Water Quality Parameters 101
Thursday, February 23rd, 2017
Maintaining a healthy gulf is an important goal for the State of Mississippi. In our previous blog, “Improving water quality on the Mississippi Gulf Coast”, we discussed different types of pollution that can impair water quality, but how can you tell if a water body is impaired? There are numerous water quality indicators that are used to determine the health of a water body. Some of these measurements can be taken on site, while others are collected and analyzed in a laboratory. After the samples have been analyzed, the data is used to assess the health of the body of water by comparing it to a specific water quality standard that is set by the State. More information on Mississippi’s water quality standards can be found here.
On-site parameters are taken and recorded directly at the site. There are several parameters that fit this category, including temperature, pH, dissolved oxygen (DO), and turbidity. Temperature is an important parameter as it affects so many different aspects of water quality, including biological and chemical reactions, solubility of chemical species, and density of the water. It can be affected not only by the season but also by groundwater, discharges, and weather. pH represents how alkaline or acidic a water body can be and is measured on a scale from 0-14. A pH of 7 is balanced or neutral. Lower than 7 means that the water is acidic, and higher than 7 is alkaline or basic. The pH of water can have a negative impact on the aquatic life in a water body if it is too acidic or too basic. DO is a measurement of how much oxygen is dissolved in the water and is typically measured in milligrams per liter (mg/L) or percent saturation. Aquatic organisms cannot live without oxygen, so this parameter is one of the most significant indicators of water quality. DO can enter a water body in two ways: turbulence from wind or waves or photosynthesis of plant material which creates oxygen as a by-product. Turbidity is measured in Nephelometric Turbidity Units (NTU’s) and is an assessment of the ability of light to pass through water. It is caused by suspended solids floating in the water. Suspended solids occur naturally in water and include silt, clay, and organic particles such as algae. Increased suspended solids can be from erosion or effluent discharges. High turbidity can signify that there is not enough light to reach plant life in the water body, which can affect the photosynthesis process and, therefore, minimize the amount of DO produced.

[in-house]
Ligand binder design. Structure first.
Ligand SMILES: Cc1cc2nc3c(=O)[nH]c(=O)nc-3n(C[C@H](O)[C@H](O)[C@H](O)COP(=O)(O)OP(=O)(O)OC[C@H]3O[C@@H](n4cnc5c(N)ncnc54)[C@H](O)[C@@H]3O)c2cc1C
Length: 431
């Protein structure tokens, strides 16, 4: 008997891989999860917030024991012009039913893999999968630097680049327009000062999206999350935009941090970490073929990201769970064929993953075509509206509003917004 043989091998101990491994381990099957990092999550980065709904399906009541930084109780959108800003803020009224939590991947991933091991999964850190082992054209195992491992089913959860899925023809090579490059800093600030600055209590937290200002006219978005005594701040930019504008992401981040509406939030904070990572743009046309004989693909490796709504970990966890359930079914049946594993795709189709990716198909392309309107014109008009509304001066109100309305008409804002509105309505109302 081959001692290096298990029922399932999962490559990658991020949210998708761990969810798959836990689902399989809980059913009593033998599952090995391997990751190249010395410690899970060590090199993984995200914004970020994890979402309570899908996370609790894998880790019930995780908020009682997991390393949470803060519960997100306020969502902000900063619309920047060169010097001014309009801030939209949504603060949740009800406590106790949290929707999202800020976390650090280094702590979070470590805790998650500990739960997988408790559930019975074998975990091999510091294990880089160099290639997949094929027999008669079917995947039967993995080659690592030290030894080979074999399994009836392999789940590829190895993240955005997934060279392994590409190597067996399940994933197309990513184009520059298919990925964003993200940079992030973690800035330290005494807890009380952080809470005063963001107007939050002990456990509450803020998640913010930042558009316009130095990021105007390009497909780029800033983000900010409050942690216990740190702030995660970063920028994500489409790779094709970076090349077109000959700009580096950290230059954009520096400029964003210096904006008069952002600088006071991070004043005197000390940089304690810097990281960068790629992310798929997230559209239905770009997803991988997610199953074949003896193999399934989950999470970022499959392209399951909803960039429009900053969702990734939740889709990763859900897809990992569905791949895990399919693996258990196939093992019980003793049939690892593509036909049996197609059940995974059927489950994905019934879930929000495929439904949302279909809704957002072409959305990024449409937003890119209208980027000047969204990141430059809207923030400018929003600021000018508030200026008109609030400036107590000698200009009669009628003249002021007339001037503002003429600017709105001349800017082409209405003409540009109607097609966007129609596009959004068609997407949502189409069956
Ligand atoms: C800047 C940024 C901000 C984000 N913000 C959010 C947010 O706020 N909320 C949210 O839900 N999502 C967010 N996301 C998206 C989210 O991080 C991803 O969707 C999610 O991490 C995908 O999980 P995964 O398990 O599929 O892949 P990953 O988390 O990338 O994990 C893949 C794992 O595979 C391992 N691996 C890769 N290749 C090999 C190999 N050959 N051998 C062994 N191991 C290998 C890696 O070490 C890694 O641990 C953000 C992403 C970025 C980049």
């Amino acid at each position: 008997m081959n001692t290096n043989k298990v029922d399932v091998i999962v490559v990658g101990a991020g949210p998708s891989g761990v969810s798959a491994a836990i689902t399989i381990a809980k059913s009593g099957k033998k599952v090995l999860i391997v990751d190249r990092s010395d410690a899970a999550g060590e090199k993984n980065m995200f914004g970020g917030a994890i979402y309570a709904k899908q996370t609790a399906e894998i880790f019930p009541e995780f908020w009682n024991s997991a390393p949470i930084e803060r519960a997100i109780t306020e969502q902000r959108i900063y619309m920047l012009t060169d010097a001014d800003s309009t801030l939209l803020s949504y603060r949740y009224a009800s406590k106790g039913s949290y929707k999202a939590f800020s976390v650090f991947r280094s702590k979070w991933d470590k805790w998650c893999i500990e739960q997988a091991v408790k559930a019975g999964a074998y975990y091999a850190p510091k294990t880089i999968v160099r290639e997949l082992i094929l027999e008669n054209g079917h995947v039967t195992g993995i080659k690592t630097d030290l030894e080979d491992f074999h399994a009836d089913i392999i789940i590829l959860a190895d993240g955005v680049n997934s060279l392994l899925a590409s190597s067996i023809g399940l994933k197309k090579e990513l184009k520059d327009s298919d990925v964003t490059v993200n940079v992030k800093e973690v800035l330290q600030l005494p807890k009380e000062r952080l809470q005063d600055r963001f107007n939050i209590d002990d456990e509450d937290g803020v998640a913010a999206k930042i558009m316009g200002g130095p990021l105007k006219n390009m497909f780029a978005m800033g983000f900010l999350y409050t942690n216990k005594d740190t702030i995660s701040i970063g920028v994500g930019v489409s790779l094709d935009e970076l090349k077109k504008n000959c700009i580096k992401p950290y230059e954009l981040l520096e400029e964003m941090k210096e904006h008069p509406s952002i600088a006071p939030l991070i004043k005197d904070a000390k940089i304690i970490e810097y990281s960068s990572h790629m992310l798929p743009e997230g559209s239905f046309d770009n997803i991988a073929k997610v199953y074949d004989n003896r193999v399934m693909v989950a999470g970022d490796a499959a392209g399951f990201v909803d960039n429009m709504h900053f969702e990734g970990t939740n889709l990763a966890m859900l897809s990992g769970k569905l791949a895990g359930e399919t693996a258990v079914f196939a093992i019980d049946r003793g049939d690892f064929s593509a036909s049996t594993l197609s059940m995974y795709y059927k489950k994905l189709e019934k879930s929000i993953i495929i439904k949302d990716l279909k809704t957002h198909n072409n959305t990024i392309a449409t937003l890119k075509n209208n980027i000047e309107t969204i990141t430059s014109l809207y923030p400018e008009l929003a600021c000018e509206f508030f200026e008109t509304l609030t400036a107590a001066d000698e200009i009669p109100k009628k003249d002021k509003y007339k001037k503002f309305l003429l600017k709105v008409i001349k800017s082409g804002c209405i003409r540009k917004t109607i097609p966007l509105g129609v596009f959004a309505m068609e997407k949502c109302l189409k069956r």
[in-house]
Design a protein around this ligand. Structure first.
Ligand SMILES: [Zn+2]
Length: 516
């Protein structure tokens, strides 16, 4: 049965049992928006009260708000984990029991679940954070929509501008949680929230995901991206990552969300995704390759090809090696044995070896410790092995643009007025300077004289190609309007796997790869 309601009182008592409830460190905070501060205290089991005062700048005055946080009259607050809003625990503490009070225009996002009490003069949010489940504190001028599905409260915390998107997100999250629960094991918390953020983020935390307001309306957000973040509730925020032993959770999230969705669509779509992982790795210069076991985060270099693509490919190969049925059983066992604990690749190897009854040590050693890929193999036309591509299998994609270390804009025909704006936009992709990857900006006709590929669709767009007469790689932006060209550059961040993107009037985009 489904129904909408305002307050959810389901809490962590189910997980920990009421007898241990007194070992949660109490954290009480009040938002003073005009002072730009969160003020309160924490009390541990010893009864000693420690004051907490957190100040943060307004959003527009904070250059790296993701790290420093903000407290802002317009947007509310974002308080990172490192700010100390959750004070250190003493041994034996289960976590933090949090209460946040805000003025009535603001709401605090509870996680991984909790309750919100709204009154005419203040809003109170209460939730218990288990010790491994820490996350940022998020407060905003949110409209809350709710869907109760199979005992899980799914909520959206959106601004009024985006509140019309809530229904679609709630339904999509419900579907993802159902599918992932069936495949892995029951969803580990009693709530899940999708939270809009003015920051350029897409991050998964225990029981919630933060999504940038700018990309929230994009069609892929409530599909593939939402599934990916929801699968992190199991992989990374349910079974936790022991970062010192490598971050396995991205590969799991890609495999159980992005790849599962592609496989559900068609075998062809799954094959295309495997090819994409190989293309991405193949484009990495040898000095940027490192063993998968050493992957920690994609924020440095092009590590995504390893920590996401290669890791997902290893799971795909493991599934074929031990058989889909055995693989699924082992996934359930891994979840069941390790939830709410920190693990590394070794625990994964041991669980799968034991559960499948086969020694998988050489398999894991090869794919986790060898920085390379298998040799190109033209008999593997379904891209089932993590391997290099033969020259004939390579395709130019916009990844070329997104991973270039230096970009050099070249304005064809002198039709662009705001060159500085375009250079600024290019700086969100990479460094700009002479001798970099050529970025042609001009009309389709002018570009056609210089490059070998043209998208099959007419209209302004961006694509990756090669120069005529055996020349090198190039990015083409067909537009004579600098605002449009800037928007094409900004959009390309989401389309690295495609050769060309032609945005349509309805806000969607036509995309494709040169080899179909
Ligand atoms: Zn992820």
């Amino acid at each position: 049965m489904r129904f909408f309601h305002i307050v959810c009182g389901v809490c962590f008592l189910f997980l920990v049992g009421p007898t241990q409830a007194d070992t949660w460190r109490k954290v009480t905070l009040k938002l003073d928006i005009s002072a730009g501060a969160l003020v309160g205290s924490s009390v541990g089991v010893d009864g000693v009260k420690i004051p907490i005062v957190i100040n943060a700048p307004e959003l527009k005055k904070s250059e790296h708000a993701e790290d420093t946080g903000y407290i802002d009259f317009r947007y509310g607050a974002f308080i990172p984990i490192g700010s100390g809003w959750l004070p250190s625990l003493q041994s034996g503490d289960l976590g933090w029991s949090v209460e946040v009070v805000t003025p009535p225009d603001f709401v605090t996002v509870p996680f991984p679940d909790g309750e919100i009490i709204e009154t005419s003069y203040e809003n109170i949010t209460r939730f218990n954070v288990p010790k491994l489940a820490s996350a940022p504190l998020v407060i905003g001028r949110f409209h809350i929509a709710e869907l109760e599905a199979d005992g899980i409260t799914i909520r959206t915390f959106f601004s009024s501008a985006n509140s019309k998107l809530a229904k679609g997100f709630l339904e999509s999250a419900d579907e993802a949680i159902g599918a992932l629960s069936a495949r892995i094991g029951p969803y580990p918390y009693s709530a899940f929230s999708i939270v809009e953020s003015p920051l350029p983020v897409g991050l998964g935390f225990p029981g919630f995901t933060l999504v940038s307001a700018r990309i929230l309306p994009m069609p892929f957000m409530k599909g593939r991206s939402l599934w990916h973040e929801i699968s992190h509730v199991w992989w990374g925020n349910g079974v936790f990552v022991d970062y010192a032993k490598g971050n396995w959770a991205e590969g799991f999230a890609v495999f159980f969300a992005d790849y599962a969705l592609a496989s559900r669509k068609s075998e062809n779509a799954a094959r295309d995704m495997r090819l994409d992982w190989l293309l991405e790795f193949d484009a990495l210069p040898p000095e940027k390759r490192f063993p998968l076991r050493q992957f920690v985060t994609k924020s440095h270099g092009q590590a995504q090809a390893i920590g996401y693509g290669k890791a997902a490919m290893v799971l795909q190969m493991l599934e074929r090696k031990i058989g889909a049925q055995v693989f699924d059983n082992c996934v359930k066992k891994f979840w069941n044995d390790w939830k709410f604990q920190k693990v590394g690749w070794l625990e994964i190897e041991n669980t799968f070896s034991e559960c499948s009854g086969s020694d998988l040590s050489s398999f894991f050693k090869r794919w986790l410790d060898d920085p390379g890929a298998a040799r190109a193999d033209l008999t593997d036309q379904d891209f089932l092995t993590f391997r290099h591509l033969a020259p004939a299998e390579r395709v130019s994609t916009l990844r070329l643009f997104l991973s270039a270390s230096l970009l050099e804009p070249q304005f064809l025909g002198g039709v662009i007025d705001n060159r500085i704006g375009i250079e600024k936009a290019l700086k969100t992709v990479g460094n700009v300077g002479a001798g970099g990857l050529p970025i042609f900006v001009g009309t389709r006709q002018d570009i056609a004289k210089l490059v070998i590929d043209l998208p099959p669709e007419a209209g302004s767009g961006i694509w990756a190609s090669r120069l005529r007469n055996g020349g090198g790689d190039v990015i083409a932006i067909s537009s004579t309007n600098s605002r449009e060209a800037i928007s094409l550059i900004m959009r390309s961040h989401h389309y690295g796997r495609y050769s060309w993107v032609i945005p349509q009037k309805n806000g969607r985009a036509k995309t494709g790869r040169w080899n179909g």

Some parameters need to be sampled and preserved at the site and analyzed at a laboratory, including nitrogen, phosphorus, and fecal bacteria. Nitrogen and Phosphorus are plant nutrients, measured in mg/L. High concentrations of these nutrients can cause extreme growth of plants and algae in water bodies, which can lead to low DO levels that negatively impact aquatic animal life. These nutrients can enter water body systems via fertilizers, wastewater discharge, car washes, and agricultural runoff. Lab results reveal the amounts of total nitrogen and total phosphorus, as well as a breakdown of their many forms, to give a clear picture of potential nutrient issues. Fecal bacteria naturally occur in the intestines of humans and animals. They enter water body systems through outflow of wastewater treatment plants, septic systems, storm water runoff, and animal waste. They serve as an indicator of other microorganisms that can cause harm to human health. Fecal bacteria are measured in the lab by incubating a sample for 24 hours and counting how much bacteria grew in that amount of time, usually in organisms/100 mL.
These examples are just a few of the types of water quality parameters that are used to assess water bodies. Identifying an impaired water body is a complicated process that is taken very seriously by the State of Mississippi. In our FAQs section of the Beach Outfalls Challenge website, we have provided water quality data for a few beach monitoring sites in Gulfport, MS, to give you can idea of what the water quality is like on the Mississippi Gulf Coast.
A successful Beach Outfalls Challenge could help improve water quality and benefit the ecology of the Mississippi Sound, as well as remedy harm to natural resources harmed by the Deepwater Horizon oil spill. MDEQ is looking for practical, implementable, eco-restoration solutions that will improve water resources. Do you have a great idea? Registration for the Beach Outfalls Challenge is now open! Learn more about the Beach Outfalls Challenge by visiting the ABOUT Page of our website. CLICK HERE to receive periodic updates about the Beach Outfalls Challenge.